Do you see any benefits to this new technology?
RG: The main benefit is evolving the inbox. Going back to the question about use cases, the best thing we can do with this service is real-time content (flight info, shipment tracking, etc.). Maybe if nothing else, it could push the inbox to adopt more web standards.
Example of Booking.com using Google’s Amp for Email showing real-time offers and pricing
RG: The big one is support. Only working in Gmail is not sufficient for the amount of time invested into coding the module separately from the rest of the markup (meaning the fallbacks are entirely discrete). Knowing the pace at which email clients move, it seems unlikely that other clients will adopt it anytime soon. Even if they did, Apple is a must considering their device range makes up nearly 50% of the market share. For OMC Creative Services standards, we expect at least that, in addition to the big webmail providers, to pick it up before considering it standard support. Otherwise it exists more in the realm of kinetic.
JW: Google hopes devices and platforms will support this feature, but enforcing such would be difficult and messy. Also, they have a history of big pushes for new tech, and then dropping products after a few years. Imagine all the training and strategy that could go into a fully realized campaign, just for Google to unceremoniously kill the library.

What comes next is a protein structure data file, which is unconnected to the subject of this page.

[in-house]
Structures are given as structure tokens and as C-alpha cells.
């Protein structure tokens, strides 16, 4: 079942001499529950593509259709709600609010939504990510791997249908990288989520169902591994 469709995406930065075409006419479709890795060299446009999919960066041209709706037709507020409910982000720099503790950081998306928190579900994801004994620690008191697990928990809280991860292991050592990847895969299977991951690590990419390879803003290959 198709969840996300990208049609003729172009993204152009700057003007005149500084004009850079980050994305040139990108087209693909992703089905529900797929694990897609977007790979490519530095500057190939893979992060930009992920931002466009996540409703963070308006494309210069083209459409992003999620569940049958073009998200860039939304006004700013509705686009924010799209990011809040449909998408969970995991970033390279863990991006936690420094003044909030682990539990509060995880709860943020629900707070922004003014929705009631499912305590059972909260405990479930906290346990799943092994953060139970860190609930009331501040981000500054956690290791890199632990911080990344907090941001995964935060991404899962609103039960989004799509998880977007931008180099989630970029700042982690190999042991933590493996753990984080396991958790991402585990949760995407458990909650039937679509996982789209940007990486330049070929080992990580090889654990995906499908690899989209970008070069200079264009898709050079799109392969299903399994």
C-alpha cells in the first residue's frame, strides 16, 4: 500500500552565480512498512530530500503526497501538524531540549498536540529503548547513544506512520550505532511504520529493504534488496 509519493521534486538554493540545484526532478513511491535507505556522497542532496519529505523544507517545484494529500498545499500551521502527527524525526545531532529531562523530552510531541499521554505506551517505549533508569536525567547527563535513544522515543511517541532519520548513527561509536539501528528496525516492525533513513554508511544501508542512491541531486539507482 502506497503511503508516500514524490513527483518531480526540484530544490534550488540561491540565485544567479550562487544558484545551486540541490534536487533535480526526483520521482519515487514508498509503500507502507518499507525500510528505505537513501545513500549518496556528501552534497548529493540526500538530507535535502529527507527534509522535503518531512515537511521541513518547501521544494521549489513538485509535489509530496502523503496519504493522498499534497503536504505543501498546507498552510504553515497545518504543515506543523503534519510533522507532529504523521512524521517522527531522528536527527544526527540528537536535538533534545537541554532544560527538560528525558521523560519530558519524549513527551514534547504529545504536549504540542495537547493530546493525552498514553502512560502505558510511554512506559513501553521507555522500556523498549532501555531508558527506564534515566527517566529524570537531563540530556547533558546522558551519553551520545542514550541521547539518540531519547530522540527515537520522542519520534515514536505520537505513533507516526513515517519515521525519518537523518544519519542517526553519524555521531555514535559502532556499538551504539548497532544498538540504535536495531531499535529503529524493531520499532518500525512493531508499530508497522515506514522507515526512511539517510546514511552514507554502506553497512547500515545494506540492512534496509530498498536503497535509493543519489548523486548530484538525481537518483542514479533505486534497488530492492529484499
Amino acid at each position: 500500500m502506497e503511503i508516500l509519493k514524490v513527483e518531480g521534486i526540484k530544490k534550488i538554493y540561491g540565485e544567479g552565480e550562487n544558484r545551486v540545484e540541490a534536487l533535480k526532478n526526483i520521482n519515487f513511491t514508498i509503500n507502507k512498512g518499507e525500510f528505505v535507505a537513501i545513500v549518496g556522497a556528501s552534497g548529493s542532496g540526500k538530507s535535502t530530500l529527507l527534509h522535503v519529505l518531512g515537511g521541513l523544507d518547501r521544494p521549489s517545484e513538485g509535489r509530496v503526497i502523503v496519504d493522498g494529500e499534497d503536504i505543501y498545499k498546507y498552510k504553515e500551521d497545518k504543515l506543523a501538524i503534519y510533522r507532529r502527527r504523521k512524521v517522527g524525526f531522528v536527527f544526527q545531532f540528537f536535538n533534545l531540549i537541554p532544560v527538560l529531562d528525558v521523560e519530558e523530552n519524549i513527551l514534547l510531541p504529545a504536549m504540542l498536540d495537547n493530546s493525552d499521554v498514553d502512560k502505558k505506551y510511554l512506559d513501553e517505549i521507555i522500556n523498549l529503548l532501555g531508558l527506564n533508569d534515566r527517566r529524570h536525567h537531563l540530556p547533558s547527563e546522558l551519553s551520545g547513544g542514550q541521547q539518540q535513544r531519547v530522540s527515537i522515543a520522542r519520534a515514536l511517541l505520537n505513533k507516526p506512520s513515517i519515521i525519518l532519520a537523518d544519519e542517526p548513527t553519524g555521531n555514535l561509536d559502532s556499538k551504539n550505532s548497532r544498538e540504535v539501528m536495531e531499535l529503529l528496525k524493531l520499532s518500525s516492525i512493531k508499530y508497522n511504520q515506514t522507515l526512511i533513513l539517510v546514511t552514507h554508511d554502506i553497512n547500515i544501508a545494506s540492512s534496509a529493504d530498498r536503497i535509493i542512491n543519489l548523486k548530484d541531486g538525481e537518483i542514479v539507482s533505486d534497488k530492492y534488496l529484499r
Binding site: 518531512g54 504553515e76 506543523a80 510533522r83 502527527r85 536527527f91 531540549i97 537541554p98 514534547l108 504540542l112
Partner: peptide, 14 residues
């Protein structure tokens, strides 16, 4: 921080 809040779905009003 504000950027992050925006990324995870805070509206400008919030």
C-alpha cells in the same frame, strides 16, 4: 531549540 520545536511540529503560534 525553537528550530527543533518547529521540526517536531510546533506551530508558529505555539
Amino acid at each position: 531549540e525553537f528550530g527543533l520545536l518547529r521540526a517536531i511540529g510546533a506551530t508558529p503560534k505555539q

Any other drawbacks developers and email marketers should consider?
RG: Frankly, there are some major problems I have as a web developer when it comes to development, security and weight.
And lastly, load time and weight. This is the least important here, but worth noting that in Google’s presentation, they call out that modules do load independently from the rest of the markup. I didn’t enjoy that there was a noticeable “loading wheel” that held for a second on open, even on Wi-Fi. I can’t imagine it’s much better of an experience on dicey mobile connections. I’m not sure on the weight over a user’s connection and how that impacts data, but I’d be curious to play around and see how it feels in my hands and how much I can push it before it’s noticeably slow to load. The irony is that AMP for web is meant to make the experience faster than typical pages, but compared to simple HTML/CSS for email it’s probably still heftier.
So, do you think this will be worth it?
RG: In its current state – no. It needs to at least see adoption by Apple before it’s worth investing time into beyond cute enhancements. Having to code the module independently rather than as a progressive enhancement means directly investing time into whatever client supports it at the time, which I currently do not see a serious benefit to doing.
We can continue to do kinetic development and work with our partners to provide a more well-supported but similar experience in the inbox without investing a ton of development time into learning a proprietary new tech that may or may not exist in a few years.
When can marketers or developers start using this technology in their own email communications?
JW: There’s no date provided for wide release. It seems it’s still in beta mode.
RG: And right now developing for it is under NDA and a limited acceptance. They’re looking to release it this year publicly and broaden to their mobile apps. If your dev team can get access to the developer preview then you can start right away – public release is slated for “later this year.”
So what do you think? Are you biting at the bit to get creative with Google’s new AMP for Email? Or will you just wait and see? Let us know below!